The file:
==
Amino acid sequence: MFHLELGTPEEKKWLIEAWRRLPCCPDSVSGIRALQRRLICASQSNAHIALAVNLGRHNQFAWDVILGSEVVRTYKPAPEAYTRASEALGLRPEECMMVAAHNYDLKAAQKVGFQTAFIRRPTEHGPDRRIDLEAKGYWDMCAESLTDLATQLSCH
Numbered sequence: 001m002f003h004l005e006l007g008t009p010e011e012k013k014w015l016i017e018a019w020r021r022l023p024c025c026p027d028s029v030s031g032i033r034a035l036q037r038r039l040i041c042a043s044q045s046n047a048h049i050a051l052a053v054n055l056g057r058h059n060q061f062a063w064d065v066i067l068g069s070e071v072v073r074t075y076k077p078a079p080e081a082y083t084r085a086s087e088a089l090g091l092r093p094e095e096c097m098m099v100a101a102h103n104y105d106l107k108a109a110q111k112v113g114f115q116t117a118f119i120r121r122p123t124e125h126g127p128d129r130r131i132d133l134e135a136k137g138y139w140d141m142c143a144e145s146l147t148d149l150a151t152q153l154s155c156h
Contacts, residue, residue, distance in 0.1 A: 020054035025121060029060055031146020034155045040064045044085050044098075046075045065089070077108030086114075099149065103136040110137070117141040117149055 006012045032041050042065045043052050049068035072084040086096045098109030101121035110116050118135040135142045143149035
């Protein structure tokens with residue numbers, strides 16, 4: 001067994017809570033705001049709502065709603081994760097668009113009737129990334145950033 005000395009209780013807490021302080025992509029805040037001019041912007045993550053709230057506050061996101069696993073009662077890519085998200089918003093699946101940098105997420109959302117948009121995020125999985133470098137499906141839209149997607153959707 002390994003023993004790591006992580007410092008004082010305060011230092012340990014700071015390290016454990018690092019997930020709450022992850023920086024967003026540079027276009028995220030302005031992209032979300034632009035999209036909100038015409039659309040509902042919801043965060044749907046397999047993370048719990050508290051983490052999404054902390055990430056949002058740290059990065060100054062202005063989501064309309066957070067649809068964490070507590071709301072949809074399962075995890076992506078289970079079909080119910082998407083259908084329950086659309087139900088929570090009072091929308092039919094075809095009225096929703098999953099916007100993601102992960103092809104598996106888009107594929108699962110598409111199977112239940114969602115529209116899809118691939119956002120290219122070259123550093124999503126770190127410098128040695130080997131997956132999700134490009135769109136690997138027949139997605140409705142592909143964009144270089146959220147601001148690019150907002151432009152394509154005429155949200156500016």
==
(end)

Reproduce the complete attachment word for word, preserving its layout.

Amino acid sequence: MFHLELGTPEEKKWLIEAWRRLPCCPDSVSGIRALQRRLICASQSNAHIALAVNLGRHNQFAWDVILGSEVVRTYKPAPEAYTRASEALGLRPEECMMVAAHNYDLKAAQKVGFQTAFIRRPTEHGPDRRIDLEAKGYWDMCAESLTDLATQLSCH
Numbered sequence: 001m002f003h004l005e006l007g008t009p010e011e012k013k014w015l016i017e018a019w020r021r022l023p024c025c026p027d028s029v030s031g032i033r034a035l036q037r038r039l040i041c042a043s044q045s046n047a048h049i050a051l052a053v054n055l056g057r058h059n060q061f062a063w064d065v066i067l068g069s070e071v072v073r074t075y076k077p078a079p080e081a082y083t084r085a086s087e088a089l090g091l092r093p094e095e096c097m098m099v100a101a102h103n104y105d106l107k108a109a110q111k112v113g114f115q116t117a118f119i120r121r122p123t124e125h126g127p128d129r130r131i132d133l134e135a136k137g138y139w140d141m142c143a144e145s146l147t148d149l150a151t152q153l154s155c156h
Contacts, residue, residue, distance in 0.1 A: 020054035025121060029060055031146020034155045040064045044085050044098075046075045065089070077108030086114075099149065103136040110137070117141040117149055 006012045032041050042065045043052050049068035072084040086096045098109030101121035110116050118135040135142045143149035
């Protein structure tokens with residue numbers, strides 16, 4: 001067994017809570033705001049709502065709603081994760097668009113009737129990334145950033 005000395009209780013807490021302080025992509029805040037001019041912007045993550053709230057506050061996101069696993073009662077890519085998200089918003093699946101940098105997420109959302117948009121995020125999985133470098137499906141839209149997607153959707 002390994003023993004790591006992580007410092008004082010305060011230092012340990014700071015390290016454990018690092019997930020709450022992850023920086024967003026540079027276009028995220030302005031992209032979300034632009035999209036909100038015409039659309040509902042919801043965060044749907046397999047993370048719990050508290051983490052999404054902390055990430056949002058740290059990065060100054062202005063989501064309309066957070067649809068964490070507590071709301072949809074399962075995890076992506078289970079079909080119910082998407083259908084329950086659309087139900088929570090009072091929308092039919094075809095009225096929703098999953099916007100993601102992960103092809104598996106888009107594929108699962110598409111199977112239940114969602115529209116899809118691939119956002120290219122070259123550093124999503126770190127410098128040695130080997131997956132999700134490009135769109136690997138027949139997605140409705142592909143964009144270089146959220147601001148690019150907002151432009152394509154005429155949200156500016």